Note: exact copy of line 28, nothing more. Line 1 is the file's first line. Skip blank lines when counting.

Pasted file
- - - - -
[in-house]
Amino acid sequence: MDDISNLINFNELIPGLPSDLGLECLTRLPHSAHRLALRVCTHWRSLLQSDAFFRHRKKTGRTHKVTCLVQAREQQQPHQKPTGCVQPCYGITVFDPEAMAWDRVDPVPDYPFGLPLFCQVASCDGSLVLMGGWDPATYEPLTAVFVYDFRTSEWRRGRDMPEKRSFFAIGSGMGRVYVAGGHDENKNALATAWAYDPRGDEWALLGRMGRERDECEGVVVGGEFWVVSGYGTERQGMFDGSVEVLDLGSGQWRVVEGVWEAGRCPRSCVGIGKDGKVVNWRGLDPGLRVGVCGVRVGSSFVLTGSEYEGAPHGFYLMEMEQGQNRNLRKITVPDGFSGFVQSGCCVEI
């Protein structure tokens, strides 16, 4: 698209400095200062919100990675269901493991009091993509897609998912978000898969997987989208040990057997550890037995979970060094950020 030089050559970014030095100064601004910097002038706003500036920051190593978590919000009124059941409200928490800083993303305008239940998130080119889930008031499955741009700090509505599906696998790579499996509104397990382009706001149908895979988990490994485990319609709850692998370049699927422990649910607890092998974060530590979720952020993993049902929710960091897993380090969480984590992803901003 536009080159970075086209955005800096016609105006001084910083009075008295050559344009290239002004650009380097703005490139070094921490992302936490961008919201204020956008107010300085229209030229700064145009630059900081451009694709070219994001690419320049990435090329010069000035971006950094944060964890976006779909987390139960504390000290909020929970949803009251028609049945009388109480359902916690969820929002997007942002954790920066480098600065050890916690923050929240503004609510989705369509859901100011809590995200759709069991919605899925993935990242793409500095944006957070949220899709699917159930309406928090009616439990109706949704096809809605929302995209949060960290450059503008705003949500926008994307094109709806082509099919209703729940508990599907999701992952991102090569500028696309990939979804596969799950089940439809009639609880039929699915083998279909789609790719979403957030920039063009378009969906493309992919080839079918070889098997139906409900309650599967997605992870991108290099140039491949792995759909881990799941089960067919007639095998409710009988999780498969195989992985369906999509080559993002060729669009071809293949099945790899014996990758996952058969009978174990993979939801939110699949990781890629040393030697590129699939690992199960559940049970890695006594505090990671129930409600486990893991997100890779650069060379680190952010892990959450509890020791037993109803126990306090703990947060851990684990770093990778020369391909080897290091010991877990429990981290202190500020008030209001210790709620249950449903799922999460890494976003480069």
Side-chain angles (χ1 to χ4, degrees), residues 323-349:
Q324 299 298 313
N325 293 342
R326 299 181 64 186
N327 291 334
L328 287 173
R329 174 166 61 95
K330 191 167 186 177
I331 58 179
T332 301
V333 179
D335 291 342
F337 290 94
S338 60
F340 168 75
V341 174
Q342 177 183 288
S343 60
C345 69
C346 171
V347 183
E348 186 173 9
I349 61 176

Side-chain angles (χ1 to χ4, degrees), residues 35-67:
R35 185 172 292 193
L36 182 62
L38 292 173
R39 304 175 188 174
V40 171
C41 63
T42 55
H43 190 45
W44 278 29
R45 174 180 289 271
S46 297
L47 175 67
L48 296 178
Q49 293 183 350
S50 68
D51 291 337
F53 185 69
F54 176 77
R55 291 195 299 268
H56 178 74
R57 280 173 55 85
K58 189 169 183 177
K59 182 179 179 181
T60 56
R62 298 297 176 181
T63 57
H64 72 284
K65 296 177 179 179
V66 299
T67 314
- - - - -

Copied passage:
R35 185 172 292 193